• Your blog post really spoke to where I am at today. For decades I was angry with God. I asked the question that we are not supposed to ask: “why did You make me this way?” Being gay was a dream destroyer back in the 70’s and 80’s. Most things I wanted for my life were crushed in my narrow point of view. I was very bitter with the church and with a God that would allow this to happen to me. I left the church and I did not practice my faith…but for some reason, my faith was still there. The answer for me was to embrace my faith in a different way. I grew up in legalism and so had to renegotiate what I learned as a child with what the scriptures really were saying. Truth needed to be re-balanced with God’s grace. I had to allow myself to forgive God and ask Him to forgive me for my stupidity. It’s taking quite awhile. Things hammered into my psyche early are hard to part with in later years, but I believe it’s working.
    Learning to love others has also been an issue. I spent so much time crushing my feelings, that it became habit for me not to show my feelings for others. There was also fear of the pain that comes when good friendships go awry. I am also socially inept and an introvert. Things are better now, but not as good as they could be.
    I look forward to seeing where you take this stuff. Thanks Dean for writing.

    • What a powerful testimony, Sergei. Thank you for sharing! I know that question well — the one we aren’t supposed to ask but still do. “Why, God, Why.” I remember someone sharing with me years ago that God is infinitely bigger than our why’s — so never be afraid to go to Him with those questions. However, we should be ready for whatever God’s answer is.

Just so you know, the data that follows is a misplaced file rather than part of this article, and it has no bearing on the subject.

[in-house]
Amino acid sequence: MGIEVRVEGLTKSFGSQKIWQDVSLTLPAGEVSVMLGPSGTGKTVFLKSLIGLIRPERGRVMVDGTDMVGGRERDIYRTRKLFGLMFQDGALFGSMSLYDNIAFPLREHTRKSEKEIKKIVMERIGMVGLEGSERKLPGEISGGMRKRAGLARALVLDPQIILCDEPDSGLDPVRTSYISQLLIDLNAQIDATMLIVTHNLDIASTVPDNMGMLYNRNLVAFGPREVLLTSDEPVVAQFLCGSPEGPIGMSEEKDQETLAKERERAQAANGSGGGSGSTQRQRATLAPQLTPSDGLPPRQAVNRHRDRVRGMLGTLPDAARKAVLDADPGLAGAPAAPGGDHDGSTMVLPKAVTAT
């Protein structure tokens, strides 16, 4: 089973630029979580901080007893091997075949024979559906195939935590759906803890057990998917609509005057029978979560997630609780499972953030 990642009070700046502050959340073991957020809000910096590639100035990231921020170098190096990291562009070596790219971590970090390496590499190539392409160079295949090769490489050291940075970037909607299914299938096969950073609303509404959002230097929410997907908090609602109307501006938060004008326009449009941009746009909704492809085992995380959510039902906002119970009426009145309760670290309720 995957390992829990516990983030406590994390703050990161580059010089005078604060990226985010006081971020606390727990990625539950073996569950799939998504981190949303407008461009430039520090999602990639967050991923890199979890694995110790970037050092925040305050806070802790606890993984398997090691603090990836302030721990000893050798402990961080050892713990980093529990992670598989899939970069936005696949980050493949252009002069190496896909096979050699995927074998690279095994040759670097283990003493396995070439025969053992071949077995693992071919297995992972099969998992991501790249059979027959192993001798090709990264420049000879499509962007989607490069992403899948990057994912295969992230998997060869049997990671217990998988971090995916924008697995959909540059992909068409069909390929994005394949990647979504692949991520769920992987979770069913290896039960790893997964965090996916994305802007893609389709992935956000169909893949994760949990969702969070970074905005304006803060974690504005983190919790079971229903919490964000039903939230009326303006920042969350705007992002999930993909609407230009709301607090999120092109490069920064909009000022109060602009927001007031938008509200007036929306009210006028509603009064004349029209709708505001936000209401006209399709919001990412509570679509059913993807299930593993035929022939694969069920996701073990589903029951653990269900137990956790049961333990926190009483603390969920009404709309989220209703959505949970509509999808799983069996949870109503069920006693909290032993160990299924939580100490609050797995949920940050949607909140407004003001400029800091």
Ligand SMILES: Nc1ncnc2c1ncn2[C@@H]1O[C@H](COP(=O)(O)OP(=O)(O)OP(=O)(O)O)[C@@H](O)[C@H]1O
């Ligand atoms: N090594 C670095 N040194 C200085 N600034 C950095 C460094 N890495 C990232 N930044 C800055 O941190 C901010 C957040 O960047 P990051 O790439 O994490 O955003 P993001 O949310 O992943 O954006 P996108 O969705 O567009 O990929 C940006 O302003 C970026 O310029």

I pray you continue to grow in God’s love each and ever day. Thank you for being on this journey with me!

  • When it comes to the topic loving others, my kind usually goes to all the ways in which I think I’m failing at it. Particularly when it comes to issues that hit close to my heart. But sometimes I’m reminded that I can’t force love. Sometimes love is withdrawing from a situation that sucks the life from my soul or distancing myself a little bit. Sometimes I means self care and love so that I CAN love others in a more holy way.
    I can also focus on the people that I have in my life *right now* and focus on loving them better. It can only yield a positive result overall…hopefully.

    • Love absolutely does mean respecting boundaries for yourself and others. I think most people assume love is always close proximity — but that’s not always the case. As you mentioned, Alex, self-care enables us to love better and more fully. Thank you for sharing your thoughts!

  • I know what you mean about love carrying so much baggage, Mike. It’s a word that can just bear so much pain that it loses its identity. Part of my growth process was establishing what love meant in general. I remember reading through the Bible trying to understand even just a general idea of what the Bible might mean with the word, “Love.”
    I am sorry my use of that word causes you to cringe — I know many people still know that word only as its slur. I pray that my use of it can remove some of the sting of it.

  • I think of an old hymn, “Have Thine Own Way.” Truly HE is the potter and we are the clay. For years and years, I thought if I could just pray hard enough–and to be honest, self-will it–the miracle that I so desperately wanted would happen. And for a long while, I thought it did happen. Then the old feelings came back, not from back-sliding, but from changes in circumstances. In my case, the most honest prayer I can offer is “Lord, thy will be done.” It does not even begin to satisfy my desires, my agenda or the agenda of those in much of the Christian community. But it will give me peace.

  • >